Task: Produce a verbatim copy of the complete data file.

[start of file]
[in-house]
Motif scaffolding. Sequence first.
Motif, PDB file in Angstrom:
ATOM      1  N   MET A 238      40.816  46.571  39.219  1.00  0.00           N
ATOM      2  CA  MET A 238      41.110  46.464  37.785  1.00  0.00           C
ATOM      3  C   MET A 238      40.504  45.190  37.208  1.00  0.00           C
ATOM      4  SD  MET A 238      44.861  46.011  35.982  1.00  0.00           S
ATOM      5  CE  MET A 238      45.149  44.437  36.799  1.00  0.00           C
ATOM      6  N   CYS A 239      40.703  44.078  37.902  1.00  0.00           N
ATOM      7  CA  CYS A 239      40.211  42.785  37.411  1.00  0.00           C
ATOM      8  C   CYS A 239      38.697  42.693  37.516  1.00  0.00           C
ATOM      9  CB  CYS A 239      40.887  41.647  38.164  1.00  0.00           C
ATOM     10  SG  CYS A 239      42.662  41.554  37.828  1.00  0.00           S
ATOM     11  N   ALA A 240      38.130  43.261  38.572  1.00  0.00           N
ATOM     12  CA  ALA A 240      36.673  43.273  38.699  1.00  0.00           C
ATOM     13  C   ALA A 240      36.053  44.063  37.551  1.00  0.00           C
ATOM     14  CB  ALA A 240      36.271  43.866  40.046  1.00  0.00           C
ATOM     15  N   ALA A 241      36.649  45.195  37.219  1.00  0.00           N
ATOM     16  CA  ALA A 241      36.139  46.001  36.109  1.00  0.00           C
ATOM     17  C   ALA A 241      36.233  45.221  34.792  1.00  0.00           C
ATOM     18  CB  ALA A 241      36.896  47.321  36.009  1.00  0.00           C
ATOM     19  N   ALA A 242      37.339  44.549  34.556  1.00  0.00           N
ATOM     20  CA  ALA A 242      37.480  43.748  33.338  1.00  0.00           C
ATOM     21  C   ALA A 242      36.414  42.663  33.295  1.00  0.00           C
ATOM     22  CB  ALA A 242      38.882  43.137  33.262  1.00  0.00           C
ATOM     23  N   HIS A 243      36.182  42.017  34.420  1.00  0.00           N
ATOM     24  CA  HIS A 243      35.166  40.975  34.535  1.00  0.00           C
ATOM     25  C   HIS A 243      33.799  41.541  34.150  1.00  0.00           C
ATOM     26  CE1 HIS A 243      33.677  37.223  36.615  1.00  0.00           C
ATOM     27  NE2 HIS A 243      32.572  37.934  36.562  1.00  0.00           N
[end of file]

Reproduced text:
[in-house]
Motif scaffolding. Sequence first.
Motif, PDB file in Angstrom:
ATOM      1  N   MET A 238      40.816  46.571  39.219  1.00  0.00           N
ATOM      2  CA  MET A 238      41.110  46.464  37.785  1.00  0.00           C
ATOM      3  C   MET A 238      40.504  45.190  37.208  1.00  0.00           C
ATOM      4  SD  MET A 238      44.861  46.011  35.982  1.00  0.00           S
ATOM      5  CE  MET A 238      45.149  44.437  36.799  1.00  0.00           C
ATOM      6  N   CYS A 239      40.703  44.078  37.902  1.00  0.00           N
ATOM      7  CA  CYS A 239      40.211  42.785  37.411  1.00  0.00           C
ATOM      8  C   CYS A 239      38.697  42.693  37.516  1.00  0.00           C
ATOM      9  CB  CYS A 239      40.887  41.647  38.164  1.00  0.00           C
ATOM     10  SG  CYS A 239      42.662  41.554  37.828  1.00  0.00           S
ATOM     11  N   ALA A 240      38.130  43.261  38.572  1.00  0.00           N
ATOM     12  CA  ALA A 240      36.673  43.273  38.699  1.00  0.00           C
ATOM     13  C   ALA A 240      36.053  44.063  37.551  1.00  0.00           C
ATOM     14  CB  ALA A 240      36.271  43.866  40.046  1.00  0.00           C
ATOM     15  N   ALA A 241      36.649  45.195  37.219  1.00  0.00           N
ATOM     16  CA  ALA A 241      36.139  46.001  36.109  1.00  0.00           C
ATOM     17  C   ALA A 241      36.233  45.221  34.792  1.00  0.00           C
ATOM     18  CB  ALA A 241      36.896  47.321  36.009  1.00  0.00           C
ATOM     19  N   ALA A 242      37.339  44.549  34.556  1.00  0.00           N
ATOM     20  CA  ALA A 242      37.480  43.748  33.338  1.00  0.00           C
ATOM     21  C   ALA A 242      36.414  42.663  33.295  1.00  0.00           C
ATOM     22  CB  ALA A 242      38.882  43.137  33.262  1.00  0.00           C
ATOM     23  N   HIS A 243      36.182  42.017  34.420  1.00  0.00           N
ATOM     24  CA  HIS A 243      35.166  40.975  34.535  1.00  0.00           C
ATOM     25  C   HIS A 243      33.799  41.541  34.150  1.00  0.00           C
ATOM     26  CE1 HIS A 243      33.677  37.223  36.615  1.00  0.00           C
ATOM     27  NE2 HIS A 243      32.572  37.934  36.562  1.00  0.00           N